New man at AIB looks to future but cannot forget bank's past
New AIB chief executive Colin Hunt was in the mood to look to the future when he met the press following his first set of financial results since taking the top job at the bank. The firm reported pre-tax profits - including exceptionals - of €436m for the six months to the end of June, down 40pc on last year, as low interest rates and a challenging global environment put a lid on the positive vibe in the bank's home market.
And no matter how much in 2019 Irish banks would like to keep the attention on the road ahead, the failures of the past are always ready to come tumbling out of the closet to spoil the mood.
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Hunt, and his management team, were in an upbeat, if cautious, mood about their view of a future which they admit remains uncertain. The domestic environment may be strong but with issues such as Brexit to be resolved, caution is the appropriate approach, Hunt said.
"The sun is still shining in Ireland but we need to repair our balance sheet to the maximum possible extent," he said. "Even though we have made very, very substantial progress in terms of reducing our non-performing exposures."
Hunt, who took over the top role at the bank in March, said: "The Irish economy is doing very well, with 4.5pc unemployment, but we are in an uncertain time globally and we've got to ensure that in our management of this institution, we put our balance sheet into as strong a position as possible, because that's how you withstand whatever way the economic environment goes. That's our number-one focus."
But, for Irish banks - and their management teams - the conversation always seems to end up back at the issues of the past. And despite the air of cautious optimism struck by top management at the bank, they could not quite hide a flash of irritation at questions that sought to pick on the last pieces of flesh on the gnarled old bones of a long ago rotten tiger.
Asked about whether the €500,000 salary cap imposed on senior bankers and 89pc tax rate on bonuses, introduced after the banking crash, were hurting its ability to retain senior staff, the chief executive's answer was curt: "I have given my views on this time and time and time again, and I've nothing further to add. But we are seeing ongoing attrition."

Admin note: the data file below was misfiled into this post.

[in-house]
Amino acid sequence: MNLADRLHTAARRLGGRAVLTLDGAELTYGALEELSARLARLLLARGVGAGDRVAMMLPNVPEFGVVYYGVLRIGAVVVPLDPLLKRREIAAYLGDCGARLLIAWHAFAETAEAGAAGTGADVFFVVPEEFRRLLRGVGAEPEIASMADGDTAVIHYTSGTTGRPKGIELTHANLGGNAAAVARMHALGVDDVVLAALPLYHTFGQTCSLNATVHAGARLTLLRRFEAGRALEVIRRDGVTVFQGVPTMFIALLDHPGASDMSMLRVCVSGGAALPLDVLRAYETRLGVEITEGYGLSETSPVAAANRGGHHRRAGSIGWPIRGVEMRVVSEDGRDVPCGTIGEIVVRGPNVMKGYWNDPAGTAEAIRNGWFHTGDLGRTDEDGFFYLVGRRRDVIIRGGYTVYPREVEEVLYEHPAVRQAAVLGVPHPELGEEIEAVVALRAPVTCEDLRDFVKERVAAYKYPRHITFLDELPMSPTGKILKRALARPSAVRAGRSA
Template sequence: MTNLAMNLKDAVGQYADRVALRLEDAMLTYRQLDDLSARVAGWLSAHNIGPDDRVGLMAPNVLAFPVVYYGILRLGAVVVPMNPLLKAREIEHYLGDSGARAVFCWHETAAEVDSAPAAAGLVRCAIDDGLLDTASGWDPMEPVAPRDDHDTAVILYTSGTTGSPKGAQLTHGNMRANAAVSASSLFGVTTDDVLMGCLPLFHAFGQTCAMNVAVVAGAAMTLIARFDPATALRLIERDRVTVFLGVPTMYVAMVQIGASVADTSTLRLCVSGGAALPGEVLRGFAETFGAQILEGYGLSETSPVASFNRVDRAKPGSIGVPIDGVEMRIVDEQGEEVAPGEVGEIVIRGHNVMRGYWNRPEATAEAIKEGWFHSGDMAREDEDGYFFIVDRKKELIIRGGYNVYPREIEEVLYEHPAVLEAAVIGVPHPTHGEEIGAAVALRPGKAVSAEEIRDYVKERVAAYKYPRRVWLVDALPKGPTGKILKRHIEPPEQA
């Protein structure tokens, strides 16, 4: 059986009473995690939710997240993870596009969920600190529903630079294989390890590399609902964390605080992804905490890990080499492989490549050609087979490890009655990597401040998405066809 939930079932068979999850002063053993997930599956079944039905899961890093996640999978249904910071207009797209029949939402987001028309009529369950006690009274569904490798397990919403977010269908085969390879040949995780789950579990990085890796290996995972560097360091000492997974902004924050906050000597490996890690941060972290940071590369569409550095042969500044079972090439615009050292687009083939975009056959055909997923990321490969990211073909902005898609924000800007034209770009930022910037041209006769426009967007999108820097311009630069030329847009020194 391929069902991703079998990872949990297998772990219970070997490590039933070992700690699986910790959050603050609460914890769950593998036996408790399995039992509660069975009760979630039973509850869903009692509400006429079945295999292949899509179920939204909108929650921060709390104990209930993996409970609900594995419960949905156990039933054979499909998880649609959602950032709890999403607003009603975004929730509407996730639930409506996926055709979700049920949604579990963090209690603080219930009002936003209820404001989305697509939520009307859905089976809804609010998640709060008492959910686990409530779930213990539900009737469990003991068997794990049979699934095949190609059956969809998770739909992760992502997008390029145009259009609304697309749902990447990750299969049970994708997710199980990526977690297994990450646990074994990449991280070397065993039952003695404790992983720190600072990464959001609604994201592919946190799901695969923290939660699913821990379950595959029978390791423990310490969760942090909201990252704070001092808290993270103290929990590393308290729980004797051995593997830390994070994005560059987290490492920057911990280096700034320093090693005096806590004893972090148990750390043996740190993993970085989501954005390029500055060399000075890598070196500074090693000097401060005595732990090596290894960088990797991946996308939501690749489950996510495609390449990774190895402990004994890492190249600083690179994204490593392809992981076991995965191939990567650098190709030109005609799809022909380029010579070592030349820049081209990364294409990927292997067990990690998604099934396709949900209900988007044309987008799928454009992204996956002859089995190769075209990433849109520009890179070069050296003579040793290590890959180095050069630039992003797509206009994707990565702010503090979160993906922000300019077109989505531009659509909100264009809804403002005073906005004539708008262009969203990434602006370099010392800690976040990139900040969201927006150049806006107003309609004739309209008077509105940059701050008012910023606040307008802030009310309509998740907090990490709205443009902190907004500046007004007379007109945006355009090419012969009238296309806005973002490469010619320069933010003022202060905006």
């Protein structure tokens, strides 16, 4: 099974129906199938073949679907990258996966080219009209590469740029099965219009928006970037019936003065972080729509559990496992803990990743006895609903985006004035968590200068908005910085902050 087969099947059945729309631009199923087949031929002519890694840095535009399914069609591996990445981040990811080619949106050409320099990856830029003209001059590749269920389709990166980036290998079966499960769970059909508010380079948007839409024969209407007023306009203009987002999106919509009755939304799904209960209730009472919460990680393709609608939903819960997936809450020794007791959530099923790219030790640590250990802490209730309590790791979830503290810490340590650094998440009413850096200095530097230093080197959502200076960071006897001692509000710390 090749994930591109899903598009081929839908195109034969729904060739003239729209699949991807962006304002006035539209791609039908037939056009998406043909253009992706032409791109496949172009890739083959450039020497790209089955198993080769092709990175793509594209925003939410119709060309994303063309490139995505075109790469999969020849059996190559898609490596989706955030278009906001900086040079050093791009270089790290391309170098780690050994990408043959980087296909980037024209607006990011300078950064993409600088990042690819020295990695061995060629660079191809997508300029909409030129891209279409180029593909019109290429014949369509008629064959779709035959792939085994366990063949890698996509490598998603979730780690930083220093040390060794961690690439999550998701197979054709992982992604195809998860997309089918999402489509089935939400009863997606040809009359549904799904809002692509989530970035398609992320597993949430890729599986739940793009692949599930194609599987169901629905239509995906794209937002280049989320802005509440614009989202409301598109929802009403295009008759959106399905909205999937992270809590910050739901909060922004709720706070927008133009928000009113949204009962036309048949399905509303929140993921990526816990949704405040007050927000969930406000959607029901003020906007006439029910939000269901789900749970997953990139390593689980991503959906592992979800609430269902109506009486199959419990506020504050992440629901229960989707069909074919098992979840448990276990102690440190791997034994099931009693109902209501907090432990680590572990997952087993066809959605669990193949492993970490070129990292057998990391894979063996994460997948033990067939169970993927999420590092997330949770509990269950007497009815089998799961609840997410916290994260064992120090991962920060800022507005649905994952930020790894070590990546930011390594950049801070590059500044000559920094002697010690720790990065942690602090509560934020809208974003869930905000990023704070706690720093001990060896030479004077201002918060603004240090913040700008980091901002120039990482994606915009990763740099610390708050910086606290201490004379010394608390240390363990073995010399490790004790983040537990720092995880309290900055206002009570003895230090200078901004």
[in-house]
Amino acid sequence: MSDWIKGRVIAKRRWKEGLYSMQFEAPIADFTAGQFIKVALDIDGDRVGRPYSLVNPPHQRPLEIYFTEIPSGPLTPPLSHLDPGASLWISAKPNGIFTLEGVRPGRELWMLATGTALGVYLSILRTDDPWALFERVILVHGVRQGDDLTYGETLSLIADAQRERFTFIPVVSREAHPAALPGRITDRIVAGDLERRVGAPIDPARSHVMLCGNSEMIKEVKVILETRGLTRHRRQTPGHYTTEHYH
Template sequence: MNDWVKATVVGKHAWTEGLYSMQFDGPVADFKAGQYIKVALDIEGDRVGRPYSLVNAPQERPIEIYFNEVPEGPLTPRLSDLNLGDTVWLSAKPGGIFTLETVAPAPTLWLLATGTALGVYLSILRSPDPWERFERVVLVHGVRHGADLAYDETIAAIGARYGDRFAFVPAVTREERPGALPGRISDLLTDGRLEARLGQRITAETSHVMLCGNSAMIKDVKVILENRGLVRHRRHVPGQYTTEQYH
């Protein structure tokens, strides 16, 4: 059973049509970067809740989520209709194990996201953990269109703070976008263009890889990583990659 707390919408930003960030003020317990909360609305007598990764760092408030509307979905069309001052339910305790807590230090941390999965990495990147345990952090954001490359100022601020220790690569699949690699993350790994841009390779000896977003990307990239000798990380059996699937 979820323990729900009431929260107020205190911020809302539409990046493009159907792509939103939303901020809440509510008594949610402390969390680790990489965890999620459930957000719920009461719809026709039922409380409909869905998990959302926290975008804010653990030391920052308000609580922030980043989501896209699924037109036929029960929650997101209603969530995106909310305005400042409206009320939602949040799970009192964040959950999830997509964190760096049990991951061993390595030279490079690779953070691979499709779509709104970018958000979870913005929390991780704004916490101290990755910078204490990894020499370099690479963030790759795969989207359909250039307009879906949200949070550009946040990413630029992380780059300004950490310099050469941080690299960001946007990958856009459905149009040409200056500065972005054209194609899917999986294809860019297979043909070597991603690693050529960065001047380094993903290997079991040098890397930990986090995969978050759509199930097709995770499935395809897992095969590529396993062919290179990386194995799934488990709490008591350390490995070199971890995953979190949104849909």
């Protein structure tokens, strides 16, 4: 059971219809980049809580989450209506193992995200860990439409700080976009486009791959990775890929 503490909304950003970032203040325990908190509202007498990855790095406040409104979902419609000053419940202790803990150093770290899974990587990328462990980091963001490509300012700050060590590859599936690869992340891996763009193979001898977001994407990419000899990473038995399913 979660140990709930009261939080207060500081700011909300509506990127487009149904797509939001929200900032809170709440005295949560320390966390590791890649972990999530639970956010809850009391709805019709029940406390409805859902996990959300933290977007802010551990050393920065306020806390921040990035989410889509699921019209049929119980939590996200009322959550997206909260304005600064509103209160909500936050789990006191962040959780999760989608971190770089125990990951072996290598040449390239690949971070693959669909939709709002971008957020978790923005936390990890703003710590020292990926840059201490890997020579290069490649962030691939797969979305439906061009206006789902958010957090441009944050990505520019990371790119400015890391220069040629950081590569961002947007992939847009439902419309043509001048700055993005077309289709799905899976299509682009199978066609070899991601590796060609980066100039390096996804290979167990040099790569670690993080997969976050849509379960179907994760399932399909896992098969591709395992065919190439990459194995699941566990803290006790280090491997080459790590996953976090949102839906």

The cap undoubtedly remains popular with voters; not so much with bankers.
When pushed, Hunt did go further: "It is imposing a restriction on our ability to run the bank efficiently and it is imposing a competitive disadvantage on us in this marketplace.
"The focus is on the pay cap. The pay cap impacts a tiny number of people. The big issue is the fact that we have an effective ban on variable pay that affects far, far more people, and our competitors don't have that."
Another issue that arose with hints of past traumas for the bank was the refund of €61m to personal and small business customers, after the group discovered problems with loan documents going back a decade. Hunt insisted that this was not a case of overcharging, but admitted that the bank "fell short of its own standards of transparency".
"This was interest that was owed to us, it was interest that had been accrued on the loan. It was simply a roll-up of interest going forward.
"We weren't as transparent as we should have been. We investigated the issue comprehensively. And we are in the process of addressing it. This was all about us spotting a mistake. Us fixing the mistake, investigating it, making amends, and we're now corresponding with our customers in relation to that, and returning interest that was due. But the standard documentation was not at a level that we regard as our standard."
Yet the problem for Hunt, who was not at the firm when the tracker scandal was unfolding, is that issues such as this most recent loan interest mix-up, no matter how unrelated they are to how Irish banks handled tracker mortgages, remind the public of how the banks got it badly wrong when it came to the overcharging of customers. "Here we go again," many will have said when they read the latest story.
Pushed on this, Hunt went further: "Look, we have a clear interest in bringing the legacy issues to a close. We want to see the reputation of this institution being restored fully in the eyes of the public.
"So our focus is on minimising the risks of these sorts of errors. Nobody can guarantee you're not going to make mistakes, but it's how you address the mistake is what is really important."
Hunt said that AIB wanted to "close the chapter" in relation to legacy issues. He added: "It is vital for the long-term sustainability of the bank and indeed of the sector that we close the chapter on legacy issues. And whenever we do make mistakes - and we will make them - we will admit those mistakes and we will clean up those mistakes."
The new CEO's caution and focus on building a sustainable balance sheet for the future are very welcome. But when it comes to the general public, who make up his customer base, the success of his time at the bank will likely be judged by how he goes about rebuilding damaged trust.
Only then will the thorny issue of pay become a matter for the banks themselves, rather than the hot political potato it remains today.
Sunday Indo Business